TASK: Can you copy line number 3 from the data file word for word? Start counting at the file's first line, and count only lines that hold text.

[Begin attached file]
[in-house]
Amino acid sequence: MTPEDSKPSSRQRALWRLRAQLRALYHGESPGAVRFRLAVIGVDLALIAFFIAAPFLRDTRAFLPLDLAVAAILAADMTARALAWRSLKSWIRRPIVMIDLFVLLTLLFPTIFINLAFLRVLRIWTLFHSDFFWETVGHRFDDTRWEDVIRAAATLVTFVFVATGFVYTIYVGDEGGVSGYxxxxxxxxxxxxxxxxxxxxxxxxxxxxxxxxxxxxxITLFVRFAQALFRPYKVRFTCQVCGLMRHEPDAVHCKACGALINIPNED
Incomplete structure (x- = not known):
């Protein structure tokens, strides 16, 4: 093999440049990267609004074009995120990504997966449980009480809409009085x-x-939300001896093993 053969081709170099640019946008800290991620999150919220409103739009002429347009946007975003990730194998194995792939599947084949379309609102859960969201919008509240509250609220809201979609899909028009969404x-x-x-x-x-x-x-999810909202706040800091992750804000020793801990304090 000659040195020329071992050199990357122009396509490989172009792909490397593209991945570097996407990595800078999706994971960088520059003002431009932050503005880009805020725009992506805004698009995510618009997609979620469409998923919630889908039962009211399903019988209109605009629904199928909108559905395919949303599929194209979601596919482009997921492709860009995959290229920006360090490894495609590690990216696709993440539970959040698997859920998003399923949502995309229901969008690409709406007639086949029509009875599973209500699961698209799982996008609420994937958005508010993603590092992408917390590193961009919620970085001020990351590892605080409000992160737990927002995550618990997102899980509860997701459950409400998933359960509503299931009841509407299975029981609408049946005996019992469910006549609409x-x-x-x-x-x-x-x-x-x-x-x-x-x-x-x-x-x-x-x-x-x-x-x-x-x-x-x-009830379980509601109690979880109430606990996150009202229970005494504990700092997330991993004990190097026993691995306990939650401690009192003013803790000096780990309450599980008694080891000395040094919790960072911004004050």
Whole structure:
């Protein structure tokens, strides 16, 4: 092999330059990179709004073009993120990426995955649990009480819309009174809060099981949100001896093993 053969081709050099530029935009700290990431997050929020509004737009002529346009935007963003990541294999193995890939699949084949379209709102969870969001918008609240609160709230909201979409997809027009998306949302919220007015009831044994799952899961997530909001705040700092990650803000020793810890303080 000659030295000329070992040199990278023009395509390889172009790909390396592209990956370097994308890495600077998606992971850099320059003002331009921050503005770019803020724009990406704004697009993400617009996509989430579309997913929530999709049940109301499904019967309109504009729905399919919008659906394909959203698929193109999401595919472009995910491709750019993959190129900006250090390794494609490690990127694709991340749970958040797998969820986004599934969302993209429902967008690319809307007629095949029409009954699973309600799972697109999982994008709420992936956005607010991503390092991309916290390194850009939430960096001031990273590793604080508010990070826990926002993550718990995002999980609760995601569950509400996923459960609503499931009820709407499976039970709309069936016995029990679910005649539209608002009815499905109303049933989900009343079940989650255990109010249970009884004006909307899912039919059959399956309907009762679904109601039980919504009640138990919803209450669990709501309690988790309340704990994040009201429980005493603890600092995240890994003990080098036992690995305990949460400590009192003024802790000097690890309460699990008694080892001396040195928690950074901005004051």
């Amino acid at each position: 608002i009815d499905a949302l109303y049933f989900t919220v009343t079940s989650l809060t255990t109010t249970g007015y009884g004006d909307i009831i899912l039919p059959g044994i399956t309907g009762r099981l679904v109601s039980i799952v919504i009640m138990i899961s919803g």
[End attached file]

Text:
Incomplete structure (x- = not known):